Now Playing: TRUE CONFESSIONS
I don't watch crappy movies all the time. Occasionally I like to delve into something more, uh, conventional. Mature? Hmmmm. Well, at any rate, I caught a letterboxed print of TRUE CONFESSIONS on cable. Based on John Gregory Dunne's novel, TRUE CONFESSIONS (which is not yet on DVD) stars Robert DeNiro and Robert Duvall as estranged brothers who become involved in the horrible murder of a so-called "party girl" during the 1940s. Duvall is a slightly crooked cop who investigates the murder, in which the victim was cut in two and dumped in an L.A. vacant lot (loosely based on the notorious Black Dahlia case). DeNiro is a monsignor whose ambition to move up in the Catholic hierarchy has led him to do favors for wealthy congregation members, such as Jack Amsterdam (Charles Durning), a former hood who now runs a successful construction business...successful because of the jobs building Catholic schools that DeNiro keeps throwing his way.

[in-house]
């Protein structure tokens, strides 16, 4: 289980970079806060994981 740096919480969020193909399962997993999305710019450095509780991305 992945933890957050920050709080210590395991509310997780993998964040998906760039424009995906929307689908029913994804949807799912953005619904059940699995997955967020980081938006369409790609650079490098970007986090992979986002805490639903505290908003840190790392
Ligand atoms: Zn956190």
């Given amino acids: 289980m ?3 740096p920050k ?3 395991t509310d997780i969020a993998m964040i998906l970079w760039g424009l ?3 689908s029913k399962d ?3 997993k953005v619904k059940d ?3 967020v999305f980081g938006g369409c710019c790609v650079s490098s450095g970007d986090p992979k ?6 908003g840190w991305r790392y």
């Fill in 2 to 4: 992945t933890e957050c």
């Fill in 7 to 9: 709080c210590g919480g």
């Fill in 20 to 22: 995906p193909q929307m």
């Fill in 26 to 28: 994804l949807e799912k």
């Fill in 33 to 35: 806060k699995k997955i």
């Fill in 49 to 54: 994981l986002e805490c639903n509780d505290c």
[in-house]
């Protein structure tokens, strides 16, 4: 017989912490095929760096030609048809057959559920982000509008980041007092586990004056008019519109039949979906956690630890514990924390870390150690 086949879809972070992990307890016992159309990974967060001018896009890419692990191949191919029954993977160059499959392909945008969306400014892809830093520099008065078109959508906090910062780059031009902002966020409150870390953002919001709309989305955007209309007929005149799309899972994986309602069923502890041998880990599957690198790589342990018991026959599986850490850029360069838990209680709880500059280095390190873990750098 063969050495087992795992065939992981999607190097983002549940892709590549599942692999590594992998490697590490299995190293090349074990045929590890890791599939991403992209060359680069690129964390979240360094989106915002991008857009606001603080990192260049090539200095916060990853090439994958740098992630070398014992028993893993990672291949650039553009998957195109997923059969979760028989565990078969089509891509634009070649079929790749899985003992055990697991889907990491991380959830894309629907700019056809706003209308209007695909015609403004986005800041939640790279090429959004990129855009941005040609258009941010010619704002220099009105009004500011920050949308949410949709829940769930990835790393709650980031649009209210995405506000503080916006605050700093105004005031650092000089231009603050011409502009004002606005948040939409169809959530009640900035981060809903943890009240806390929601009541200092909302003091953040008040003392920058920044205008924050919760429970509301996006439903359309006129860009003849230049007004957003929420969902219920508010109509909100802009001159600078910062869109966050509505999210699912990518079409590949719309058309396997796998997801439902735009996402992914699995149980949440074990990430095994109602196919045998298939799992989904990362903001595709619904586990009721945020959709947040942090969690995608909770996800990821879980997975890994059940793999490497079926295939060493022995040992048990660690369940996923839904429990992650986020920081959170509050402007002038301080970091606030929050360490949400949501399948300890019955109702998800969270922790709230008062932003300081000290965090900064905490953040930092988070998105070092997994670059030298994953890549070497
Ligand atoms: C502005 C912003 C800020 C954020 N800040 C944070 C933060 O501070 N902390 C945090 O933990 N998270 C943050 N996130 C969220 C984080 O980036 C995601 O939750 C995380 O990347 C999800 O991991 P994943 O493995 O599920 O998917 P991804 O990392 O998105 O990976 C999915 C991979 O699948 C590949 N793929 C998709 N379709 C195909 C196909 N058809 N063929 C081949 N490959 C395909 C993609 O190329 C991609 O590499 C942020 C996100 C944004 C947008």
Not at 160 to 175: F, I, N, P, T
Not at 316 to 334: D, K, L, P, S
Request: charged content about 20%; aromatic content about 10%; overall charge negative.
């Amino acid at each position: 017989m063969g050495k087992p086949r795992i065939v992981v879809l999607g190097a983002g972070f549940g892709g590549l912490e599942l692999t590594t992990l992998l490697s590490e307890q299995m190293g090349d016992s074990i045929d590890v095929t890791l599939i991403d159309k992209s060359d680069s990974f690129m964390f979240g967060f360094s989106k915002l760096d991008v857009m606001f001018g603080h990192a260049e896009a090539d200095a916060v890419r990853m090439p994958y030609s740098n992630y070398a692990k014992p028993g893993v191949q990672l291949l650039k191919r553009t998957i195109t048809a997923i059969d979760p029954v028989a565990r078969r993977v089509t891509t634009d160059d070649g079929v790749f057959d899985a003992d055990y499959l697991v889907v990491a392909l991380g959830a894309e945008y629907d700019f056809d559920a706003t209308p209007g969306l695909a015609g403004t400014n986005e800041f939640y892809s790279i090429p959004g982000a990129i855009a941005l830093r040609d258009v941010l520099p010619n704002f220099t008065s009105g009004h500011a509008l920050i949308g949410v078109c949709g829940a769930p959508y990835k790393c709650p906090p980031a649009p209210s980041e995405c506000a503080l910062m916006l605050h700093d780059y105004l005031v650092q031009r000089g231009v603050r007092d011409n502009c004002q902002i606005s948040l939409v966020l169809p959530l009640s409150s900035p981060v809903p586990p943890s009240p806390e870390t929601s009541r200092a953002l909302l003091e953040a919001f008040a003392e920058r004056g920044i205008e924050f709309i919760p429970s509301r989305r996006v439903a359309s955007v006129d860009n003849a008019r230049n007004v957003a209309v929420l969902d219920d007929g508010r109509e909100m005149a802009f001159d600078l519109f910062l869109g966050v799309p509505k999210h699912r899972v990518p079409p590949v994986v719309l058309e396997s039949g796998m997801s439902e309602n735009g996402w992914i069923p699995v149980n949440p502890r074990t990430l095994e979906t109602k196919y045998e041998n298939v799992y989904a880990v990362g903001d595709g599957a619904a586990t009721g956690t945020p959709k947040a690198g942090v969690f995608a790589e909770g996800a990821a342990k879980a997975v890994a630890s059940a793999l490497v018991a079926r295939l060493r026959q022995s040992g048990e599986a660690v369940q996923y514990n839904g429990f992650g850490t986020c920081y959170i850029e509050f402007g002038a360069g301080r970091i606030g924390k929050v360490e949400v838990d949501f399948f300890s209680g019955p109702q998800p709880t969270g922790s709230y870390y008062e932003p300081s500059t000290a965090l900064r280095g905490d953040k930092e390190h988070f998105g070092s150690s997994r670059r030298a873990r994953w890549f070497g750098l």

Even though the story is centered around a brutal murder, the movie isn't really about it, and if you're looking for an absorbing mystery, TRUE CONFESSIONS isn't the movie. It is, however, a great showcase for two of America's finest actors, at least at that time. Both DeNiro and Duvall have a tendency to either overact or sleepwalk through projects that don't interest them, but not in this case. They are marvelous in TRUE CONFESSIONS, particularly in a poignant final scene in which the brothers finally become closer than they have ever been. In addition to Durning, Ed Flanders, Burgess Meredith and Kenneth McMillan are quite good, and an actress named Rose Gregorio, of whom I know next to nothing, is superb as a middle-aged whore with whom Duvall has a history.
TRUE CONFESSIONS isn't a forgotten classic or anything like that. It's slow-moving and nowhere near as interested in its crime plot as I think it should be, but it's of some interest, especially if you're a fan of superlative screen acting.
And then I watched an episode of F TROOP that guest-starred Don Rickles as a rampaging Indian out to scalp the Fort Courage gang and got all that "quality" out of my system.